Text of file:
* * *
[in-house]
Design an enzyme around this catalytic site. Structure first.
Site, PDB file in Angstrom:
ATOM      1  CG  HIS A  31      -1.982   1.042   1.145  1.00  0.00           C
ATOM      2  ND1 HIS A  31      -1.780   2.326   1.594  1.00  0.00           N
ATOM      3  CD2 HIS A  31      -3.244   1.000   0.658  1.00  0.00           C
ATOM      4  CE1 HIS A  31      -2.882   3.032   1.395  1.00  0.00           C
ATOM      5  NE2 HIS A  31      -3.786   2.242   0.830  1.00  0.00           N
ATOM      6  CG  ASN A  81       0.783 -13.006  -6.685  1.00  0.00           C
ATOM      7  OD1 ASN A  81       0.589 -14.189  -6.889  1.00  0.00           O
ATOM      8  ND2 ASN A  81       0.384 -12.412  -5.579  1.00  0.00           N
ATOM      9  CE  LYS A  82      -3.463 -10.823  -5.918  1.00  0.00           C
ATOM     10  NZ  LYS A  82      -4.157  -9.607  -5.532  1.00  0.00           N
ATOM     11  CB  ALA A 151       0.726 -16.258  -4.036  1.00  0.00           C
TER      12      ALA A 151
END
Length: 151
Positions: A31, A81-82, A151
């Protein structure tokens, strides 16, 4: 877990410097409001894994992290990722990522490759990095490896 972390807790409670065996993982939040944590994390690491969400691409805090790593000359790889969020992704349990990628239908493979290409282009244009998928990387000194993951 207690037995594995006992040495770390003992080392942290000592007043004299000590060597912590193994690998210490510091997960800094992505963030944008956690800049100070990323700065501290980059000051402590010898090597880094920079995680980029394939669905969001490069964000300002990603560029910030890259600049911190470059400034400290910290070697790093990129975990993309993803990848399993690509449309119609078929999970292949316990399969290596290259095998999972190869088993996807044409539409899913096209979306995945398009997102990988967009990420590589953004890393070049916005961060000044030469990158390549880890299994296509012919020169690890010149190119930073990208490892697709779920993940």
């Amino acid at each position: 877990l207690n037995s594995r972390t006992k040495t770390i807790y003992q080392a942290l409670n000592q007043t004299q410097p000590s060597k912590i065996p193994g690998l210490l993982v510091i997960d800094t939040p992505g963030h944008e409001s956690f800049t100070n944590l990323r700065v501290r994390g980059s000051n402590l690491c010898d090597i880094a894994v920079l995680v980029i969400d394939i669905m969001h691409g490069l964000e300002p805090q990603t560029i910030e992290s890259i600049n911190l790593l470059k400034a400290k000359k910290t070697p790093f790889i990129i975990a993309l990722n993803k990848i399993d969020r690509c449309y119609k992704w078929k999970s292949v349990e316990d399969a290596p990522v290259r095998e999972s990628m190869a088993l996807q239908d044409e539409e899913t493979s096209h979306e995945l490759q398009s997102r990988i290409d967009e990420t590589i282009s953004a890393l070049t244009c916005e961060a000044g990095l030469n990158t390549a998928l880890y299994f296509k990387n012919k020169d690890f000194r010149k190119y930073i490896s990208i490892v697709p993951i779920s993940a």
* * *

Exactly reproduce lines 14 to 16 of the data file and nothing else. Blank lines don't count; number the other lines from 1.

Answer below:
ATOM     11  CB  ALA A 151       0.726 -16.258  -4.036  1.00  0.00           C
TER      12      ALA A 151
END